Lee Byron: The GraphQL server is a relatively small bit of code; it's responsible for a few things. It provides utilities for defining your type system and how it interfaces with your server code. It accepts GraphQL queries and will validate that they can be safely and unambiguously run within your type system. Then of course it executes the query by calling into your code as you defined within your type system while handling things like asynchronicity, parallelism, and error catching for you.

The roadmap ahead is two-fold. First, better tools for client developers for doing things like code generation and query management. Relay is our primary and most significant tool for the client. Second, better support for streaming and pushed data within GraphQL. We've been exploring these areas at Facebook and are excited to share our successful experiments in the future.

InfoQ: Apart from Facebook, can you mention a few companies that are already using GraphQL and how robust is the community? What is Nuclide? What other tools should developers pay attention to?

Lee Byron: GraphQL is still a nascent technology. We released a preview of GraphQL only a few months ago and since then we've already seen a lot of interest from companies big and small. Red Badger, a consultancy based in the UK, has been using GraphQL while building the Financial Times applications. Reindex.io is a new company providing GraphQL as a service. The community isn't just using GraphQL, but building it too. We released a version of GraphQL for JavaScript a couple months ago and since then community members have built versions of GraphQL for Ruby, Java, Scala, Go, .NET, and Python. I'm pretty thrilled with the progress in such a short amount of time.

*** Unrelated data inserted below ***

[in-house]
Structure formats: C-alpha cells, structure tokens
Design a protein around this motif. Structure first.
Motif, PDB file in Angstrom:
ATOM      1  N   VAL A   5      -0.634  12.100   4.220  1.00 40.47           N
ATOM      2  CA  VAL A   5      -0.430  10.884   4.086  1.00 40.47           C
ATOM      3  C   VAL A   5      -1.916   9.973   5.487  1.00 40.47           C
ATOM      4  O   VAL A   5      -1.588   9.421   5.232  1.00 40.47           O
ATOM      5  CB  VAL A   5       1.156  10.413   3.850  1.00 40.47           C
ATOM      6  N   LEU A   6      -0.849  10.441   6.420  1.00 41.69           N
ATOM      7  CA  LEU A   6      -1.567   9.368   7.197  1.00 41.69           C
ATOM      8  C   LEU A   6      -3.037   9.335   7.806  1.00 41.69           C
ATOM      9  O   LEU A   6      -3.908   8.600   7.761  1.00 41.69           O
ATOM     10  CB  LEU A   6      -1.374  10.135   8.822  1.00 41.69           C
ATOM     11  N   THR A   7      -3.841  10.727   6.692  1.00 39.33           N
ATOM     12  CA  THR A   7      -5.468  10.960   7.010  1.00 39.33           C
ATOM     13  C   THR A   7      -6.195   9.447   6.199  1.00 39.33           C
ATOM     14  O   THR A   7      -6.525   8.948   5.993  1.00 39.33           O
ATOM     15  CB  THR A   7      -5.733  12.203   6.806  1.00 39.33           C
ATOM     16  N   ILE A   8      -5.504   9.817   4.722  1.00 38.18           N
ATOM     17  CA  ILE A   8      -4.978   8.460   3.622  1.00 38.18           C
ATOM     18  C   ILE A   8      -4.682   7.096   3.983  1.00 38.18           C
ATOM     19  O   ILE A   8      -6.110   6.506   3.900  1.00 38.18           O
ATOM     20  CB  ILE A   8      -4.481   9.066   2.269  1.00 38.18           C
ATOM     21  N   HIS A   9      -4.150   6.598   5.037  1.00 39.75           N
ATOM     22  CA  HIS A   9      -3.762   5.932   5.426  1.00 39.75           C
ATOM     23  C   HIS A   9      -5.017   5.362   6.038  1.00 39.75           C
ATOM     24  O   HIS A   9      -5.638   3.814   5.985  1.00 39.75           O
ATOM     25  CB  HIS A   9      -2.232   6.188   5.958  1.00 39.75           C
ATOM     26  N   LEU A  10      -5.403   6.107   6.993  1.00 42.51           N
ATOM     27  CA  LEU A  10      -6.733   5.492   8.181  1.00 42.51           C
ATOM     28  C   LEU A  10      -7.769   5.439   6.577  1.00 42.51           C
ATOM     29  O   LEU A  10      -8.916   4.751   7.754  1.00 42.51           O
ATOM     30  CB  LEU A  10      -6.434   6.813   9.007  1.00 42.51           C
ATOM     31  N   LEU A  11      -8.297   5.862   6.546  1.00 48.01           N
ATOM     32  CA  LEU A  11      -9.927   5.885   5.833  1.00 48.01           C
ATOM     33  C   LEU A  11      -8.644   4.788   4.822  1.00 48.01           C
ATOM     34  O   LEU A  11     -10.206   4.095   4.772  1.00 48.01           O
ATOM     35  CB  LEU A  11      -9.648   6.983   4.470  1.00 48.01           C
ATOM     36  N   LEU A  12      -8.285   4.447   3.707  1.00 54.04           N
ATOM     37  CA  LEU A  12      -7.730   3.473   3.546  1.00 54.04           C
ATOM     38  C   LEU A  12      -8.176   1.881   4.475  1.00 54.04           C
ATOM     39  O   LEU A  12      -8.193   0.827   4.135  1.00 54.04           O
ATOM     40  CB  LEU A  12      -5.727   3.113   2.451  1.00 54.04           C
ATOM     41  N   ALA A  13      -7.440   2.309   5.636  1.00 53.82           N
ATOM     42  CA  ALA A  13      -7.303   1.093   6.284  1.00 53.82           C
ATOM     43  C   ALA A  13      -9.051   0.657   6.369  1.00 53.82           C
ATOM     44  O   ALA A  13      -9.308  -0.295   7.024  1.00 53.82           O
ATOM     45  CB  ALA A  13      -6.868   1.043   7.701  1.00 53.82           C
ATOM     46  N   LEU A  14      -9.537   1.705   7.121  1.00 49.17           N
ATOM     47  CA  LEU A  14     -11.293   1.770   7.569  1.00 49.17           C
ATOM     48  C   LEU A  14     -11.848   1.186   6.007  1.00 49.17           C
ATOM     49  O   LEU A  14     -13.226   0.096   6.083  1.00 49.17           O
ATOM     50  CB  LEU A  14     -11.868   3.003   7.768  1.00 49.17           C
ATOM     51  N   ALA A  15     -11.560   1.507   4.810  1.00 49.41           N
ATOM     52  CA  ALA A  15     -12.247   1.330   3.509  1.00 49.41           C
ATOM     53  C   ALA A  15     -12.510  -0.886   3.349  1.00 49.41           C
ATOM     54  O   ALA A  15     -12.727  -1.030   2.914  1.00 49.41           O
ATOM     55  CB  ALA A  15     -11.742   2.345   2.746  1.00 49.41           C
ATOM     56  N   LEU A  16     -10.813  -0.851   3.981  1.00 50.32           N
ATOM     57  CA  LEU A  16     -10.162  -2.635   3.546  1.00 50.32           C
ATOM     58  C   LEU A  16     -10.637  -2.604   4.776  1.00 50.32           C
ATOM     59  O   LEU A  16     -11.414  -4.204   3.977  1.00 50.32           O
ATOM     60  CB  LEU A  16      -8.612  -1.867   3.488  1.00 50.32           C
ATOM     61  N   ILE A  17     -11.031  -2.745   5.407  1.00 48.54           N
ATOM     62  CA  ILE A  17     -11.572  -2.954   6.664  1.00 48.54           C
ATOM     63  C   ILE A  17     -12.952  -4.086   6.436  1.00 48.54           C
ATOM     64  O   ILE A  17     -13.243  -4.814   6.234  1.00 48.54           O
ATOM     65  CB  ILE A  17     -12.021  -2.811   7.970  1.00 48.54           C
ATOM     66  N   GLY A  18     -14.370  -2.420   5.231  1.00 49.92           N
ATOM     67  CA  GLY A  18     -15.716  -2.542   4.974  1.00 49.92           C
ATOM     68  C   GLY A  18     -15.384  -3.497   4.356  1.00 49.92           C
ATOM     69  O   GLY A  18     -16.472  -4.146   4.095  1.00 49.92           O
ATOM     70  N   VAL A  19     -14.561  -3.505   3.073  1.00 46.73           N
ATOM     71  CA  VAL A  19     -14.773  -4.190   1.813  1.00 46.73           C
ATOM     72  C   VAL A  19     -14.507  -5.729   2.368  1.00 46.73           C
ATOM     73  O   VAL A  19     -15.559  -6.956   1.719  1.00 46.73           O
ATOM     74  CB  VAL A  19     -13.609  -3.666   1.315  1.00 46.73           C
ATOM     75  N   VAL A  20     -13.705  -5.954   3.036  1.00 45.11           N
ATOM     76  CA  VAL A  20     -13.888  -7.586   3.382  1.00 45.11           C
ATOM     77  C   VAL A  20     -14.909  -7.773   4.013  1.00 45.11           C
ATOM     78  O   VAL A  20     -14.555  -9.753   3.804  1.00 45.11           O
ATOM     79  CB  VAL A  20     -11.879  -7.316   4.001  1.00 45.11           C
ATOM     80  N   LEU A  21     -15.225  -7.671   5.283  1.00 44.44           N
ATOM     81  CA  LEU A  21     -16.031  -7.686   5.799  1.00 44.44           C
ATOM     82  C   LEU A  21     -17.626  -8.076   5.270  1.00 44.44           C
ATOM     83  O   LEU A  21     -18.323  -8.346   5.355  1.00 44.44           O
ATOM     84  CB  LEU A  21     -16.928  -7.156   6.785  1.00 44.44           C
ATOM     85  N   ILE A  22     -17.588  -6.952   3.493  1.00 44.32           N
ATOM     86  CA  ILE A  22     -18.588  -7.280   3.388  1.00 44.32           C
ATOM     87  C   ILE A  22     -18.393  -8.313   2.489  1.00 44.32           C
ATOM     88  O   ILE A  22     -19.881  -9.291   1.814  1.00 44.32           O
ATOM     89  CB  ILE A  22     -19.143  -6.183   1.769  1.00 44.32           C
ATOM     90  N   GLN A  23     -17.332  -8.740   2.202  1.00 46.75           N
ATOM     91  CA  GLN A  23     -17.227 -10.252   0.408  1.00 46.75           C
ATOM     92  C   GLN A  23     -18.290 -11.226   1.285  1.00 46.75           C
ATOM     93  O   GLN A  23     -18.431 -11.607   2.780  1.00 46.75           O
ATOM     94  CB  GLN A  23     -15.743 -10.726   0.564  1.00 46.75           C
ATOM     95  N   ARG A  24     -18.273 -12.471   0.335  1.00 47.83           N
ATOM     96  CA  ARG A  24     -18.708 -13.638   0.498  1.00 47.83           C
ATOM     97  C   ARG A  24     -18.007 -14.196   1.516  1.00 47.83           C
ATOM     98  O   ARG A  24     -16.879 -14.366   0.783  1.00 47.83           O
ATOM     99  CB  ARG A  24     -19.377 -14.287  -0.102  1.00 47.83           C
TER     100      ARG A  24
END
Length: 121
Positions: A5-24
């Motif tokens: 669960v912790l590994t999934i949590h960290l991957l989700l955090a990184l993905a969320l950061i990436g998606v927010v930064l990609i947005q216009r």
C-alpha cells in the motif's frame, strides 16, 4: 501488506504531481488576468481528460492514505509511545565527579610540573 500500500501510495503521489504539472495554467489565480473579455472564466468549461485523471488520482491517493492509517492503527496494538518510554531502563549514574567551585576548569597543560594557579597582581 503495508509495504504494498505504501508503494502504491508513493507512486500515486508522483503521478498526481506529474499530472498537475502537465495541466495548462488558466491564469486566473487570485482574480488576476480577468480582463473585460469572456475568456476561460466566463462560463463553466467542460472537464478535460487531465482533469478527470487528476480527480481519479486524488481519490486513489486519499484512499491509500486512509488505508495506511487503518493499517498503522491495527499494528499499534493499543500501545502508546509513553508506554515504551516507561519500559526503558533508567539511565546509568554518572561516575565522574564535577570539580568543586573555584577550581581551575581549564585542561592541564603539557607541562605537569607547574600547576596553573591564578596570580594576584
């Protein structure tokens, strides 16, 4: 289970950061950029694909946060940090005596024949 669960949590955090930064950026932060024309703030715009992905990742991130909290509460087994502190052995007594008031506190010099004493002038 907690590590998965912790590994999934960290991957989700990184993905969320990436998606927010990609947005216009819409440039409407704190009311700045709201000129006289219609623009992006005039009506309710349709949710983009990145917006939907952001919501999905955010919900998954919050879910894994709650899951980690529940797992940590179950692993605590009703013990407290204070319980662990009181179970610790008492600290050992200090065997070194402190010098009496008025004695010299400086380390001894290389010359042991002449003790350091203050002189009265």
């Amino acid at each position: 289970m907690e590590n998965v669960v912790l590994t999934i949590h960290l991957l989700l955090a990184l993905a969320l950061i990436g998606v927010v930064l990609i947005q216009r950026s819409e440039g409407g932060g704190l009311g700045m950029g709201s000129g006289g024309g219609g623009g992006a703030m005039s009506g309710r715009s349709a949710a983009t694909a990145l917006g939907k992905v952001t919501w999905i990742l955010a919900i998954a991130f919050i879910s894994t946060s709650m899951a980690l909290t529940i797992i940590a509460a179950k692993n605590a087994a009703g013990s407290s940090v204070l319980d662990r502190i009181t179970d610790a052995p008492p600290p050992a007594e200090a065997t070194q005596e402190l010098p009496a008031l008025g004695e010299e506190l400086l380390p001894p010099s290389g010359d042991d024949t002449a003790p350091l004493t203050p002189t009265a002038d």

Nuclide is Facebook's IDE developed with React Native in mind built using Github's Atom editor. React, Relay, and React Native are all really interesting tools that offer fresh perspective on product engineering. DataLoader is another tool we just recently published which captures a pattern we've used at Facebook for years and has helped us build efficient GraphQL servers.

The documentation includes how to get started.